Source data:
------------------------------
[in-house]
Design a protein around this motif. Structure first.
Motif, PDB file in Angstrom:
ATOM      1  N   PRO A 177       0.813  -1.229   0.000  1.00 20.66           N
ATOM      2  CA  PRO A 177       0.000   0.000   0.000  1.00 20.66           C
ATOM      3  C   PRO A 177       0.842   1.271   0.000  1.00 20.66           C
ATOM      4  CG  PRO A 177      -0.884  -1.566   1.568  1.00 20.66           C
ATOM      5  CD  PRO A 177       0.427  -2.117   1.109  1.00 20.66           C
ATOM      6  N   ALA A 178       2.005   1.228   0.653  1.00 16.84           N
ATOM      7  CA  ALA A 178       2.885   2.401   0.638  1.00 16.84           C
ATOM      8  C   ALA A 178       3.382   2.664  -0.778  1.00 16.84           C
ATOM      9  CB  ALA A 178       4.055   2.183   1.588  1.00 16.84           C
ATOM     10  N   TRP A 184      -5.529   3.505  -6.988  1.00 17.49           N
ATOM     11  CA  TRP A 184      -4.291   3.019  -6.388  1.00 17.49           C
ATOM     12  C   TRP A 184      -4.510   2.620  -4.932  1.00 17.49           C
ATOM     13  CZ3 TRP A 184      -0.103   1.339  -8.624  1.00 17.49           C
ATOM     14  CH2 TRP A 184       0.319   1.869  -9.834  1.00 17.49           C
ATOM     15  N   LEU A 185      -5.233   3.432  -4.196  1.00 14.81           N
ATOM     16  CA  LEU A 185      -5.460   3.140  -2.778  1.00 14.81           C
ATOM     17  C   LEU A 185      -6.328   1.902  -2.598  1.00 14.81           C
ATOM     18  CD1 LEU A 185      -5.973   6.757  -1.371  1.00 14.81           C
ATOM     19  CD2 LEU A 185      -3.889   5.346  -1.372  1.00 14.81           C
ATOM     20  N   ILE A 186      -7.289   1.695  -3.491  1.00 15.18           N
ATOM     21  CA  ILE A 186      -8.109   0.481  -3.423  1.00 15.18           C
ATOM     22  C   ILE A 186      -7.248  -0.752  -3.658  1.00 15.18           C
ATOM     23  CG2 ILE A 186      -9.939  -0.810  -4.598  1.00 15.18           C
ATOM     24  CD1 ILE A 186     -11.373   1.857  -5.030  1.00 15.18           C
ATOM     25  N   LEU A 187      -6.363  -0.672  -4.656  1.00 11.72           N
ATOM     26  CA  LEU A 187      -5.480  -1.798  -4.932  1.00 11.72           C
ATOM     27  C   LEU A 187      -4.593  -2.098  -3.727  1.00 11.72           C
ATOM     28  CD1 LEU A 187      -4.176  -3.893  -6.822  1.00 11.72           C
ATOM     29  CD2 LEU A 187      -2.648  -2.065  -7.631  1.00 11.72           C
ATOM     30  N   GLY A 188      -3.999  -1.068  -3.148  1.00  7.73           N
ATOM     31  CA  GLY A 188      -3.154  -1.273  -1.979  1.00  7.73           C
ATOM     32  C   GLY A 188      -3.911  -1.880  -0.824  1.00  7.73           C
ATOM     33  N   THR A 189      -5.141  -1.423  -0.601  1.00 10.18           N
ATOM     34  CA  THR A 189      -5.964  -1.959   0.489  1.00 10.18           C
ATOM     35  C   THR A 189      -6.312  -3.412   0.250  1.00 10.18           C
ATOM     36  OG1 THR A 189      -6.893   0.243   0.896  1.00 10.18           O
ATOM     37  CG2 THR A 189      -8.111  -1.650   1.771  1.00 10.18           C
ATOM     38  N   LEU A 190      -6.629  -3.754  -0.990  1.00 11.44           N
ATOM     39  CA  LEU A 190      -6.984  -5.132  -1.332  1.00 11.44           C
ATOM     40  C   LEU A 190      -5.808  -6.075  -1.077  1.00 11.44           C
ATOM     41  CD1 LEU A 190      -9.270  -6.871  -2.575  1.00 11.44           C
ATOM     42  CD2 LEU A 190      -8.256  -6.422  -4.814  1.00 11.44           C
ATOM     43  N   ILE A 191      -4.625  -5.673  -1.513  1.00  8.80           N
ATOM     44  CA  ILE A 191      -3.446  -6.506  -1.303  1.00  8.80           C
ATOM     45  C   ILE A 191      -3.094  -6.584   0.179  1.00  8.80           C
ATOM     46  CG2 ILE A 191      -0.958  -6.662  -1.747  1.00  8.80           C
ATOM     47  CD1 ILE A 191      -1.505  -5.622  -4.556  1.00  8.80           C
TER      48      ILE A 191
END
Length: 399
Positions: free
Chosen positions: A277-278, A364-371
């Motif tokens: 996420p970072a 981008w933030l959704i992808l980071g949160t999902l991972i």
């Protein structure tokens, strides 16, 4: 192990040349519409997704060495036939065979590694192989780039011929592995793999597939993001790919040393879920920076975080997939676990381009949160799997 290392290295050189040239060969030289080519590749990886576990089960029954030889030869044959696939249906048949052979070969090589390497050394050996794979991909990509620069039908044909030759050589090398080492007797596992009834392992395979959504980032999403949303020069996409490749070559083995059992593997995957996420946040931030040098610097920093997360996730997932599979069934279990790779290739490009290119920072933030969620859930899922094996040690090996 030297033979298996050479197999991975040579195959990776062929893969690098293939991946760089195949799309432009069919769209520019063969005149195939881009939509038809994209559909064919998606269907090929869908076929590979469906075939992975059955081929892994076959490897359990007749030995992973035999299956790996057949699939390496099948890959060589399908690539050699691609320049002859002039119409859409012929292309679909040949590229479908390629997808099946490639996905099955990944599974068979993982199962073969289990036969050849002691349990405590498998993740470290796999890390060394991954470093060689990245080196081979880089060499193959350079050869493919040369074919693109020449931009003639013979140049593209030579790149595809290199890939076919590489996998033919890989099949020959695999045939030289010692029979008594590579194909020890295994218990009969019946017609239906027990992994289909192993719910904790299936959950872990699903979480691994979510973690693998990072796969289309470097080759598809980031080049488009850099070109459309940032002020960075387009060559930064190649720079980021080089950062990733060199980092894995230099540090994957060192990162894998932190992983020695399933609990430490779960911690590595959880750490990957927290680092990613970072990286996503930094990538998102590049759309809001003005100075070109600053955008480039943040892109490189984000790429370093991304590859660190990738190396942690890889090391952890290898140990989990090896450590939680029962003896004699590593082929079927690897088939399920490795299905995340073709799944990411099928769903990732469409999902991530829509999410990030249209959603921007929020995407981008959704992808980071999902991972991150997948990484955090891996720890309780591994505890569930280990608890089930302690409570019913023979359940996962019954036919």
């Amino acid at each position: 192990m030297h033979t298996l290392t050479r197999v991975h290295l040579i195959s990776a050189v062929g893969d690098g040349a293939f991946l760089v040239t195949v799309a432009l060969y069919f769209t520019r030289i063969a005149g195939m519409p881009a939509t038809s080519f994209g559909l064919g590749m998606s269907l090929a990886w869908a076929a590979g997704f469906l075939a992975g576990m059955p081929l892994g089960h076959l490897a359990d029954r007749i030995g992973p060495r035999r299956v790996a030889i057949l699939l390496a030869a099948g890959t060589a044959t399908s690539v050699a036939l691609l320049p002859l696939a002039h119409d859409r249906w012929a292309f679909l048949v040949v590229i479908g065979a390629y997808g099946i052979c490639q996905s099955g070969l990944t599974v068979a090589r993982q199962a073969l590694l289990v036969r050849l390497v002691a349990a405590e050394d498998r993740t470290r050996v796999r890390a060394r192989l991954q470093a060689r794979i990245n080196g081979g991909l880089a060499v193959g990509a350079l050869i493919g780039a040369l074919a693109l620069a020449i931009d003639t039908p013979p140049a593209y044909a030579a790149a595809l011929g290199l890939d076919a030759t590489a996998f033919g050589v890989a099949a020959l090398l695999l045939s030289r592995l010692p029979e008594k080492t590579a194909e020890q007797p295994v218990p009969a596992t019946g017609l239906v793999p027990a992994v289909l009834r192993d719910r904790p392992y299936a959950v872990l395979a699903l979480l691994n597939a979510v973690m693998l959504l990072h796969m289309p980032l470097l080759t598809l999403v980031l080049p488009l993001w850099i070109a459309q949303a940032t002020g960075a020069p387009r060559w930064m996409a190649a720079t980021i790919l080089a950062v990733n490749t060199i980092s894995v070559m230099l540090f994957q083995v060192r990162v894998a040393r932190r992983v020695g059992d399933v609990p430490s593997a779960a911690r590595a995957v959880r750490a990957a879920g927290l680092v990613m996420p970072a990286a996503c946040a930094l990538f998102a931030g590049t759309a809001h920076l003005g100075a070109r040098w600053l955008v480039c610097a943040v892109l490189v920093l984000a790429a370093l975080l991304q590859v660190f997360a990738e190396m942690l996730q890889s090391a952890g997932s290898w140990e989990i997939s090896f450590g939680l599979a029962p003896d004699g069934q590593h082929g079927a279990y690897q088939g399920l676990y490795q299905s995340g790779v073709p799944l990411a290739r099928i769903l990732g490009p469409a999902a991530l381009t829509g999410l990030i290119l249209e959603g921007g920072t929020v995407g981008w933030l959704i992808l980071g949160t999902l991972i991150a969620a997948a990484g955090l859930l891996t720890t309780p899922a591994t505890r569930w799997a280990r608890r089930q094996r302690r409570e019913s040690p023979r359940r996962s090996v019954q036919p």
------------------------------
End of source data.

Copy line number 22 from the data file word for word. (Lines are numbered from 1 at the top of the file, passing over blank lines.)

ATOM     19  CD2 LEU A 185      -3.889   5.346  -1.372  1.00 14.81           C